Russian poultry market braces for a price hike
The product volumes in Russian poultry market have shrunk recently due to a seasonal factor and due to the avian influenza (H5N8) spread in Southern Russia, in Krasnodar Krai, Stavropol Krai, and Rostov Oblast. From there, the disease began spreading into European Russia. Poultry companies plan to increase their prices by about 10% against the backdrop of the continuing avian influenza epidemic while supermarkets want to safeguard their margins. So far trading chains and large producers of poultry meat have agreed to maintain the selling prices for a broiler carcass for three weeks and supply volumes at the level not lower than last year. This should meet the increased demand.
Shortage of hatching eggs
Since the end of last year, there has been a shortage of hatching eggs in Russia. Part of the eggs used by Russian poultry farmers are imported (about 20% of the annual demand). The main suppliers are EU countries, many of which are closed for supplies due to avian influenza. This creates a shortage of this material on the domestic market, and as a result, manufacturers do not have it enough. This has already led to an increase in prices. The situation is also complicated by the fact that China, the world's largest consumer of meat, has begun to develop poultry farming due to a significant loss of pig livestock as a result of African swine fever, and therefore is buying hatching eggs in the market, which makes it difficult to buy, including Russian companies.
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Domestic breeding base is needed
The Russian poultry industry’s production costs have jumped by nearly 6% in February, compared to January. In 2020, the production costs went up by 20% to 25%, but poultry companies constrained the rise in prices, bearing certain costs.
All poultry producers are equally affected by the rise in the cost of production components, but some, such as turkey breeders, also face significant reductions in the supply of hatching eggs. The self-sufficiency of Russia for broiler hatching eggs is about 80%, while for turkey it is less than 10%. That is why it is necessary to support as much as possible new projects to create a domestic breeding base and compensate for the losses for producers of turkey, duck and laying hens. According to the poultry sector experts, it is also equally important to finance a set of measures for additional biological protection of livestock against threats of avian influenza and Newcastle disease.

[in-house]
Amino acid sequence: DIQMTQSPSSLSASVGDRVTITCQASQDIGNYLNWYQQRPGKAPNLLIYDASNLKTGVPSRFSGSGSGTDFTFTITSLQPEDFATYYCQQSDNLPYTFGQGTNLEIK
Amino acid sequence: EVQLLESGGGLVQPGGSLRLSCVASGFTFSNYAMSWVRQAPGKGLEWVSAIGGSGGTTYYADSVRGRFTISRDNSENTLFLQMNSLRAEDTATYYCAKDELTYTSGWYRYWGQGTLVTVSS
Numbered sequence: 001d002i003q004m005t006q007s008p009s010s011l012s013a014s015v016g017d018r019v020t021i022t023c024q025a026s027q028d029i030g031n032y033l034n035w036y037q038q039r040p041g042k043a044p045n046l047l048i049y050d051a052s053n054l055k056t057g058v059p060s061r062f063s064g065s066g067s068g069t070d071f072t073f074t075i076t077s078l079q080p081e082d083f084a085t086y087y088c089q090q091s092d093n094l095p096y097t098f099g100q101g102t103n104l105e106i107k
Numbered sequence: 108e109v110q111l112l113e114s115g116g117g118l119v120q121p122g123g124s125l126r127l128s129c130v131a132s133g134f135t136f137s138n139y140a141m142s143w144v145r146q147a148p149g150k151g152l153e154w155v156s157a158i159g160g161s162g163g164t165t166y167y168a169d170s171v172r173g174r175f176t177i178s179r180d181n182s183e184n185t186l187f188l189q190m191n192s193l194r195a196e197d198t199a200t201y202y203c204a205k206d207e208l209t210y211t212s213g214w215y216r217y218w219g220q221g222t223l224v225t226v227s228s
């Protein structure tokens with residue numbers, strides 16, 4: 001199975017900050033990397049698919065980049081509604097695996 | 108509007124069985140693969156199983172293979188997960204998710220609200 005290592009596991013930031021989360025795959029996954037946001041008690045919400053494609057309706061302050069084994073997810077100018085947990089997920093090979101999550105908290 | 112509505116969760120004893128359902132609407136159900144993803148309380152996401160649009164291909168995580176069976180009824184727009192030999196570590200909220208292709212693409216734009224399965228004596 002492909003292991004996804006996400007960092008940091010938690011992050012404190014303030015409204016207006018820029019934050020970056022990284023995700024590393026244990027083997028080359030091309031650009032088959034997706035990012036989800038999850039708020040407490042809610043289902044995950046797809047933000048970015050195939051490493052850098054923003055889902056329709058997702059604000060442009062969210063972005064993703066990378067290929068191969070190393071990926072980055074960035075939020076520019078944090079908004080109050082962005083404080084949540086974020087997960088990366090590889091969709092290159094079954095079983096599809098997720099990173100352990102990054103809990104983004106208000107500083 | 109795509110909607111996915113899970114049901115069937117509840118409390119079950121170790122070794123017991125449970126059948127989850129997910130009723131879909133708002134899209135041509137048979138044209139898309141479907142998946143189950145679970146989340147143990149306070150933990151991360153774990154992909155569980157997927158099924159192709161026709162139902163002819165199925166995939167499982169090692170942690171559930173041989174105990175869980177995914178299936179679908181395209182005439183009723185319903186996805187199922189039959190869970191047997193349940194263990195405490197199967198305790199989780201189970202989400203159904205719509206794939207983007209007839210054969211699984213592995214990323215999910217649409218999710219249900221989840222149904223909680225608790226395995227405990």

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Expected support from the Ministry of Agriculture
During the meeting at the Ministry of Agriculture in early March, a number of new measures were proposed that should preserve the financial stability of producers and stabilize prices for poultry and eggs. Thus, the Ministry of Agriculture plans to increase the maximum limit on preferential short-term loans for poultry enterprises from 1 billion rubles up to 1.5 billion rubles per borrower. In addition, it is proposed to extend preferential investment loans for enterprises affected by avian influenza up to 12 years. To reduce the industry's dependence on imported hatching eggs, it is planned to stimulate the development of their own production. In particular, a phased increase in the import customs duty rate for these products is currently being discussed: from January 1, 2022 - from 0% to 5%, from January 1, 2023 – to 15%. The ministry is also considering the possibility of reimbursing part of the investment costs for the construction and modernization of facilities for the production of hatching eggs from 2022. Another support measure can be compensation for part of the costs per 1 kg of manufactured and sold products. It is clarified that this measure will be valid until October 1, 2021 for poultry enterprises that do not increase selling prices.
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Challenges for meat processing plants
Meat processing plants may face a shortage of poultry meat, which will have to reduce the production of sausages in the economy segment. Poultry farms may opt out of premium products such as select eggs and brisket. Russian poultry association (Rosptitsesoyuz) suggests that producers concentrate on making cheaper products like broiler carcasses and C2 table eggs. The new tactic will help companies to maintain their own and consumer interests, in particular to reduce the cost of manufacturing products and offer customers an inexpensive option.